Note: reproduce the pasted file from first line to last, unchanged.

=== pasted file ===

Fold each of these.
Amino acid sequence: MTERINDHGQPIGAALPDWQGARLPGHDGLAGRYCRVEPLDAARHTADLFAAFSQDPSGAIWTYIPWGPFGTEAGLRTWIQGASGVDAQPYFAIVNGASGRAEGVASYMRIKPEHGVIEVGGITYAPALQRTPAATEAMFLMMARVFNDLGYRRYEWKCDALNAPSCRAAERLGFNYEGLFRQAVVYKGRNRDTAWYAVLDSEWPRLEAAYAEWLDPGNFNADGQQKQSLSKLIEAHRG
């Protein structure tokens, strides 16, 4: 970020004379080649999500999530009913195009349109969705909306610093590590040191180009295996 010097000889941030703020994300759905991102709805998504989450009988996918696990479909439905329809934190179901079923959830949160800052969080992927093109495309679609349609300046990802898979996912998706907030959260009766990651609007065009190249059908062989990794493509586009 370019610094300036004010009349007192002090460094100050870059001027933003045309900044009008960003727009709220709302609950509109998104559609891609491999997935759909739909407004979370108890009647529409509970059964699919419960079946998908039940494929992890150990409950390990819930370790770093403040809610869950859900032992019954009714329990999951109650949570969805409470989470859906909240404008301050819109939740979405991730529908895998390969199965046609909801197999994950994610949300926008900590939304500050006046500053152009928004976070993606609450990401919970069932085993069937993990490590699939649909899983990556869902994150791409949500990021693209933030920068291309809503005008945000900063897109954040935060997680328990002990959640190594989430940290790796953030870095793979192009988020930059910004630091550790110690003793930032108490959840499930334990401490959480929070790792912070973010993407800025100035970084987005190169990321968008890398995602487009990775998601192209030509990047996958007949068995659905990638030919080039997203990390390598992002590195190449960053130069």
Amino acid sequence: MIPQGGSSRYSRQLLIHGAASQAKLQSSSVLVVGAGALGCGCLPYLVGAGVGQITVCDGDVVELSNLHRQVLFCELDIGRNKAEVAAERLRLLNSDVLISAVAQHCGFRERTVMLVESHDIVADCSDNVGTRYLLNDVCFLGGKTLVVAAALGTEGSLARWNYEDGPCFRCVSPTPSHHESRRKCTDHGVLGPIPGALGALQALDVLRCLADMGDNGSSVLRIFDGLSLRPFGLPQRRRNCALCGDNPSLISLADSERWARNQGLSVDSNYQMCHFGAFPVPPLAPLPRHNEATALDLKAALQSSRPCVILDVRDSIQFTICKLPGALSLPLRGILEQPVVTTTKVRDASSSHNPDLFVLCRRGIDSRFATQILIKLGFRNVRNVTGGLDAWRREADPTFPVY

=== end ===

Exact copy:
Fold each of these.
Amino acid sequence: MTERINDHGQPIGAALPDWQGARLPGHDGLAGRYCRVEPLDAARHTADLFAAFSQDPSGAIWTYIPWGPFGTEAGLRTWIQGASGVDAQPYFAIVNGASGRAEGVASYMRIKPEHGVIEVGGITYAPALQRTPAATEAMFLMMARVFNDLGYRRYEWKCDALNAPSCRAAERLGFNYEGLFRQAVVYKGRNRDTAWYAVLDSEWPRLEAAYAEWLDPGNFNADGQQKQSLSKLIEAHRG
């Protein structure tokens, strides 16, 4: 970020004379080649999500999530009913195009349109969705909306610093590590040191180009295996 010097000889941030703020994300759905991102709805998504989450009988996918696990479909439905329809934190179901079923959830949160800052969080992927093109495309679609349609300046990802898979996912998706907030959260009766990651609007065009190249059908062989990794493509586009 370019610094300036004010009349007192002090460094100050870059001027933003045309900044009008960003727009709220709302609950509109998104559609891609491999997935759909739909407004979370108890009647529409509970059964699919419960079946998908039940494929992890150990409950390990819930370790770093403040809610869950859900032992019954009714329990999951109650949570969805409470989470859906909240404008301050819109939740979405991730529908895998390969199965046609909801197999994950994610949300926008900590939304500050006046500053152009928004976070993606609450990401919970069932085993069937993990490590699939649909899983990556869902994150791409949500990021693209933030920068291309809503005008945000900063897109954040935060997680328990002990959640190594989430940290790796953030870095793979192009988020930059910004630091550790110690003793930032108490959840499930334990401490959480929070790792912070973010993407800025100035970084987005190169990321968008890398995602487009990775998601192209030509990047996958007949068995659905990638030919080039997203990390390598992002590195190449960053130069």
Amino acid sequence: MIPQGGSSRYSRQLLIHGAASQAKLQSSSVLVVGAGALGCGCLPYLVGAGVGQITVCDGDVVELSNLHRQVLFCELDIGRNKAEVAAERLRLLNSDVLISAVAQHCGFRERTVMLVESHDIVADCSDNVGTRYLLNDVCFLGGKTLVVAAALGTEGSLARWNYEDGPCFRCVSPTPSHHESRRKCTDHGVLGPIPGALGALQALDVLRCLADMGDNGSSVLRIFDGLSLRPFGLPQRRRNCALCGDNPSLISLADSERWARNQGLSVDSNYQMCHFGAFPVPPLAPLPRHNEATALDLKAALQSSRPCVILDVRDSIQFTICKLPGALSLPLRGILEQPVVTTTKVRDASSSHNPDLFVLCRRGIDSRFATQILIKLGFRNVRNVTGGLDAWRREADPTFPVY